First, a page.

August 9th, 2003

beartato phd

(no subject)

Had a dream that I was lying in bed, and then realized it was a dream. In the dream I had some sort of device which allowed me to "pop out" of dreams. So I used it, and woke up, but found that this device was still there. So, with some trepdation, since I felt very confident that I was in the real world now, I used it again, thinking I was popping out of the universe itself to see what was outside it. Then I, uh, actually woke up. At least insofar as I didn't find any wakey-up device next to my bed this time, and I don't think I'm imaginative enough to dream up all of the contents of the internet.
beartato phd

(no subject)

I'd like to retell a little game-theoretical "paradox" from gustavolacerda, with the numbers changed to make it even more ridiculous:

There is a machine with two buttons. Inside the machine is one million one dollar bills. You and another person take turns pushing buttons. If button A is pushed, the machine spits out $1 (if it still has any left) for the pusher. If button B is pressed, the machine spits out $2 (if it still has that much left), and promptly breaks, allowing no more button-pushing for anyone. All the money inside, of course goes up in smoke, because anyone who has watched any science fiction at all knows that machines emit smoke and sparks and fire whenever anything goes wrong. "She canna spit out enna more than a dollar atta time, cap'n!" or something like that.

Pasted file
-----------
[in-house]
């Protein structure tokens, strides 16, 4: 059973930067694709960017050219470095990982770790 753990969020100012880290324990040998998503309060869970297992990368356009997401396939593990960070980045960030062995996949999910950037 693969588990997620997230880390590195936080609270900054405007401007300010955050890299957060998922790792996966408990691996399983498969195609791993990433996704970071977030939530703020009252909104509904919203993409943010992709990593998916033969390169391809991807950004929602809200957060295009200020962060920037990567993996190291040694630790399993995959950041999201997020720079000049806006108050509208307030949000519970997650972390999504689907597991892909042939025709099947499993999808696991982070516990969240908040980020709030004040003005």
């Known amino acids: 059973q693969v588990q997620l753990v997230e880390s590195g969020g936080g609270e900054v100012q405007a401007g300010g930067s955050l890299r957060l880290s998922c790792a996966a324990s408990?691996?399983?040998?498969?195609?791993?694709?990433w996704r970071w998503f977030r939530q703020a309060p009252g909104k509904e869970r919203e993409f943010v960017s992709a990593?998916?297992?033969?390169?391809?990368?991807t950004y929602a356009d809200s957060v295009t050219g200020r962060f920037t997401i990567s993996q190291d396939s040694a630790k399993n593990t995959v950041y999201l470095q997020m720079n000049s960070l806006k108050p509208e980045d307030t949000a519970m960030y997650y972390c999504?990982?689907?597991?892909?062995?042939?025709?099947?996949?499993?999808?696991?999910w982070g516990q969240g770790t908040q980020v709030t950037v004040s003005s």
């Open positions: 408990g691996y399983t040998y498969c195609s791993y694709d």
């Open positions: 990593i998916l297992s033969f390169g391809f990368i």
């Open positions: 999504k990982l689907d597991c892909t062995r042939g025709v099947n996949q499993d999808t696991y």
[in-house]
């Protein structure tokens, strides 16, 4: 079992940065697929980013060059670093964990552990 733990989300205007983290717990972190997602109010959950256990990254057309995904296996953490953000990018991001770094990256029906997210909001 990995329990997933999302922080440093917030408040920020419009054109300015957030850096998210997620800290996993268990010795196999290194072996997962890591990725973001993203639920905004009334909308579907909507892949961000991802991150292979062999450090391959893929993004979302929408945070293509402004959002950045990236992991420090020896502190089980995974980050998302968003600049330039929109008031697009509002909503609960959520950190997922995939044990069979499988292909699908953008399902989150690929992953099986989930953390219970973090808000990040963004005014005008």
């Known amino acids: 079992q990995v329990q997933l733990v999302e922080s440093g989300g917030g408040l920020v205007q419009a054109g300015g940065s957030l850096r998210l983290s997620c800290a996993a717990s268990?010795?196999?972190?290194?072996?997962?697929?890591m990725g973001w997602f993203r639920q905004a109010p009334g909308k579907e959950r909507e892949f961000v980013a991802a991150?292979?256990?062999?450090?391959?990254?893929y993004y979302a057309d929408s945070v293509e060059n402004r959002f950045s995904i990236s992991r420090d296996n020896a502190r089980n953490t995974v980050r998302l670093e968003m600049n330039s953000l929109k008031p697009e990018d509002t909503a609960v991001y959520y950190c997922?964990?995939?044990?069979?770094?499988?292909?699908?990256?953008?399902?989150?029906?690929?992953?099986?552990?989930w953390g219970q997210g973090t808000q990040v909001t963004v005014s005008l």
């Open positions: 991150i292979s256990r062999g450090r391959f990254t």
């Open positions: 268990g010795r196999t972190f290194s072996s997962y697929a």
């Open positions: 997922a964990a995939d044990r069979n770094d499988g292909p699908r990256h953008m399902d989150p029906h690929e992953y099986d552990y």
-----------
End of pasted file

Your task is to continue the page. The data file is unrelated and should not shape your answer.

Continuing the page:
The weird thing is that a "rational agent", who seeks to maximize their own gain, and assumes that the other participant is rational also, will push the $2-and-explode button on their very first turn, committing $999,998 to the flames. This is true by a simple induction argument: suppose the machine has just $2 left and it is your turn. Of course you will then push the $2 button. If it has $3, then you reason that if you only take $1, your adversary will take the other $2, so you might as well take $2 now. In general, if the machine has $n, and the inductive hypothesis that a rational agent will push the $2 button on any amount less than $n remaining in the machine, then the "rational" choice is to hit the $2 button, because you know your adversary, being a rational agent, will break the machine on their turn if they get one, so you might as well get $2 instead of $1 on your last turn.

I really like this example because it doesn't require the simultaneity of the prisoner's dilemma to produce what seems like extremely bad behavior which is still rational in the economic sense.

GENERAL DISCLAIMER: I don't mean to say that I think that "rational" in the above sense is actually "good reasoning" necessarily, which is, I think, exactly what the example illustrates. Then again, IANAgame-theorist.
beartato phd

(no subject)

Don't let word get around, or I'll never be able to show my face to my PL friends again, but I wasted a few hours playing with perl. My excuse is that I already had a bitmap editor hacked up from a different project from many years ago, so it was easy to adapt.

The result is that now this makes this.